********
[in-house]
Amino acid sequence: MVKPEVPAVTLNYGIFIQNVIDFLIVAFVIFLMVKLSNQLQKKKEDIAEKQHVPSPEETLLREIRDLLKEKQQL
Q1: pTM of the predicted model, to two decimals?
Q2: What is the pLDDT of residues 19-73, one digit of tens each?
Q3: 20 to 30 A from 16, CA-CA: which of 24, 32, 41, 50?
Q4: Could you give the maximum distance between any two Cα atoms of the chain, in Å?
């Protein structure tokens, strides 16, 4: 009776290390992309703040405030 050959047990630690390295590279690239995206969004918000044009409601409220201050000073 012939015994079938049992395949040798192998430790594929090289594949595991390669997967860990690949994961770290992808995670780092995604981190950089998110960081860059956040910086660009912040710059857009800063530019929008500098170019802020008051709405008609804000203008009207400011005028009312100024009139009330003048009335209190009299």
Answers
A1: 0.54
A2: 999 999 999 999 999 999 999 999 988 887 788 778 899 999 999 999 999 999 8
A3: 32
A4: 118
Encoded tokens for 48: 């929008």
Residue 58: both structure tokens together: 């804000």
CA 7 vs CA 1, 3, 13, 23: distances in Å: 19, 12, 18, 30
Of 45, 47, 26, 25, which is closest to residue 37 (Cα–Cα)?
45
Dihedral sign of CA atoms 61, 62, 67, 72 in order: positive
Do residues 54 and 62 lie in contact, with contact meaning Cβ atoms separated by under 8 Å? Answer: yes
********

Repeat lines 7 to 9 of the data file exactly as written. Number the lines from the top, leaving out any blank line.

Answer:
């Protein structure tokens, strides 16, 4: 009776290390992309703040405030 050959047990630690390295590279690239995206969004918000044009409601409220201050000073 012939015994079938049992395949040798192998430790594929090289594949595991390669997967860990690949994961770290992808995670780092995604981190950089998110960081860059956040910086660009912040710059857009800063530019929008500098170019802020008051709405008609804000203008009207400011005028009312100024009139009330003048009335209190009299």
Answers
A1: 0.54